Republican Rep. Lee Terry's week hasn't been all bad.
The embattled congressman from Omaha reported a healthy fundraising quarter Wednesday, saying he had more than a half-million in the bank as of the end of September.
It was the biggest war chest Terry has amassed at this point in an election cycle — 13 months before the next election — since he first won his seat in Congress in 1998.
The fundraising numbers were released after a tough week of criticism over Terry's explanation of why he would not give up his paycheck during the federal government shutdown. Terry said he couldn't “handle it” with a child in college and a mortgage to pay on a “nice house.”
Terry apologized Sunday, saying that he was “ashamed” of his comments and that it did not reflect the “nature of his character.” He also reversed course and said he would not accept a paycheck until after the shutdown ended.
Terry's verbal misstep has had instant ramifications back home. Democrats are urging Omaha City Councilman Pete Festersen to reconsider his decision not to get into the race against Terry. Festersen has since left open the door for a possible run.
Also, on Wednesday, Republican Chip Maxwell said he would consider a primary challenge against Terry.
Maxwell, who is a former Douglas County Board member, said his decision was not motivated by Terry's paycheck controversy but rather by a “long-simmering” concern over the nation's fiscal policies.
Maxwell, who considers himself a Tea Party candidate, has flirted with a congressional run before. Last year, he issued a press release saying that if he sold 30,000 copies of a $10 book that he had written about the fiscal crisis, he would run in 2014.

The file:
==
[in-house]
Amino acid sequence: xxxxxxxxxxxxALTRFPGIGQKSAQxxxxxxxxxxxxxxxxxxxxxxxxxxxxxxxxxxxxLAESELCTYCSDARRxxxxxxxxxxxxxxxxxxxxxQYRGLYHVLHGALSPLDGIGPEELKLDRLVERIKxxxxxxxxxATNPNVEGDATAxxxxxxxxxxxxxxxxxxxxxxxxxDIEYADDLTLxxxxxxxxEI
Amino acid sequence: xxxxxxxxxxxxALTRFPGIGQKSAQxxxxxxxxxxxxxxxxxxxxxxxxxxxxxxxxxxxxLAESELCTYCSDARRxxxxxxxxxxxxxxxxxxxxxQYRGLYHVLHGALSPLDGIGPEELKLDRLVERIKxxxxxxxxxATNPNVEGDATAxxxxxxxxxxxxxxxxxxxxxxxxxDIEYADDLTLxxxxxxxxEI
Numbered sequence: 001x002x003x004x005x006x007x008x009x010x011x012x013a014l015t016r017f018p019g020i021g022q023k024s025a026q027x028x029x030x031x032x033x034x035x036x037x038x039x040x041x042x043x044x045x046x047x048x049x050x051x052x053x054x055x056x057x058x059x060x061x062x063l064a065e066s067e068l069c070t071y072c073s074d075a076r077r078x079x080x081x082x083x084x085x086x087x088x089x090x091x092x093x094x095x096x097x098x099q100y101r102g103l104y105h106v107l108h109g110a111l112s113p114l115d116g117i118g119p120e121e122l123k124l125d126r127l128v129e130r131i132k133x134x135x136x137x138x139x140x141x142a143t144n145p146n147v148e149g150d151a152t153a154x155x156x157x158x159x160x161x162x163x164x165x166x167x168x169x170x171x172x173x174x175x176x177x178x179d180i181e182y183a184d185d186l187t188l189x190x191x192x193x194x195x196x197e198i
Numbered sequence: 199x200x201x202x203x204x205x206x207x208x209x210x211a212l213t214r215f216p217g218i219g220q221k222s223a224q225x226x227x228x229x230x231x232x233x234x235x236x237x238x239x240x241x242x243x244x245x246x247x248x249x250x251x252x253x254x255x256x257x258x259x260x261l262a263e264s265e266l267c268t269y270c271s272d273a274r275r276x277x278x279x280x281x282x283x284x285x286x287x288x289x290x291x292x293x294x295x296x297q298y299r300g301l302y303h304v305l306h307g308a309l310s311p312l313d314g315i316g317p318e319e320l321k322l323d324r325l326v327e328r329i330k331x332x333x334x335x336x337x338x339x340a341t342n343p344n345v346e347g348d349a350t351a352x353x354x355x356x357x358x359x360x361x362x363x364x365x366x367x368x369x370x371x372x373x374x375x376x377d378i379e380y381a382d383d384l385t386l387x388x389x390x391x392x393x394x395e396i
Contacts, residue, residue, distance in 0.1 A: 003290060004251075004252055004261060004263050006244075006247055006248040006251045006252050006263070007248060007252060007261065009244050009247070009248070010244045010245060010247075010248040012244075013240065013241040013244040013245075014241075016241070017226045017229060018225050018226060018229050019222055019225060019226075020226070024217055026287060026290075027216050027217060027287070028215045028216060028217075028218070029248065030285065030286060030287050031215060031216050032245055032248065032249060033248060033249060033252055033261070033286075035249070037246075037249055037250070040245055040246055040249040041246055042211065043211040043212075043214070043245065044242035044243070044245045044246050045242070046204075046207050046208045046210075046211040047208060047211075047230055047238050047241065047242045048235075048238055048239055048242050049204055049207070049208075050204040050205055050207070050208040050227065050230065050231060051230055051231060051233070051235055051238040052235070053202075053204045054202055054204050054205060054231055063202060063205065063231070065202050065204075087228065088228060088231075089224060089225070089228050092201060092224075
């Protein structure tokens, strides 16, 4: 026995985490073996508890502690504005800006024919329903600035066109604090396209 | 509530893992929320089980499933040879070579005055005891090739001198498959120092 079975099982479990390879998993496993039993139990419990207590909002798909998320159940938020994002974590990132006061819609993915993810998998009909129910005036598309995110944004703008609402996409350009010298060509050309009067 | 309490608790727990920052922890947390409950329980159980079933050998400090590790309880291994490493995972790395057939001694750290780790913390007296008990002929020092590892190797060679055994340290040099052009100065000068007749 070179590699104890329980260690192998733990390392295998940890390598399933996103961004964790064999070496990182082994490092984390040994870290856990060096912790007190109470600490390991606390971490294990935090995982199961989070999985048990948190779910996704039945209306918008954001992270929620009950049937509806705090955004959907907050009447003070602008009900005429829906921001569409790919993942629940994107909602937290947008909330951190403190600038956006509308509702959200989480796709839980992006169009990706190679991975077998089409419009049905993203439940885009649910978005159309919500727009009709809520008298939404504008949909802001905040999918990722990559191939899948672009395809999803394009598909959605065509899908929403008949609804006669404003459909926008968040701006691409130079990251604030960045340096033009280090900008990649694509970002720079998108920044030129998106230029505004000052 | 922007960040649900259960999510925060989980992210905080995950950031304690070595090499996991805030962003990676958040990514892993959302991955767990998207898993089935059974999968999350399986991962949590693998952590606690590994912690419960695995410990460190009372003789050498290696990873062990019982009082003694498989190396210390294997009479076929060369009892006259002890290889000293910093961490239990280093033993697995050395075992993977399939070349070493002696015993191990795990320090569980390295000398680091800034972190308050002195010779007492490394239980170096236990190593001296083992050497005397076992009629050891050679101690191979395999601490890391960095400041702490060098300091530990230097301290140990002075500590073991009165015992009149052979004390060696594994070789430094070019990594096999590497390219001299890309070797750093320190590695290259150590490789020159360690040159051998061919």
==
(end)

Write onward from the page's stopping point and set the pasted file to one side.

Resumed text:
Some Republicans said Maxwell would likely not be the last Republican to consider a primary challenge against Terry, who has faced such challenges in almost all of his re-election campaigns.
“I wouldn't be surprised if there are more,” said Scott Peterson, former chairman of the Douglas County Republican Party.
If Terry is challenged, he will have the support of some key party officials, including J.L. Spray, chairman of the Nebraska Republican Party, and Bryan Baumgart, chairman of the Douglas County Republican Party.
Spray said he believes most voters will accept Terry's apology and move on from the paycheck controversy.
“I want and expect him to run,” Spray said.
Baumgart issued similar words of support. “I'm behind Lee 100 percent,” he said.
Terry's campaign released his initial fundraising numbers Wednesday. In the third quarter of this year, Terry raised $389,000 and had $558,000 in the bank.
In comparison, in the third quarter of 2011, Terry held a $320,000 war chest.
The following year, Terry defeated four Republican challengers, winning 59 percent of the vote on primary night. He then went on to defeat Democrat John Ewing by 2 percentage points.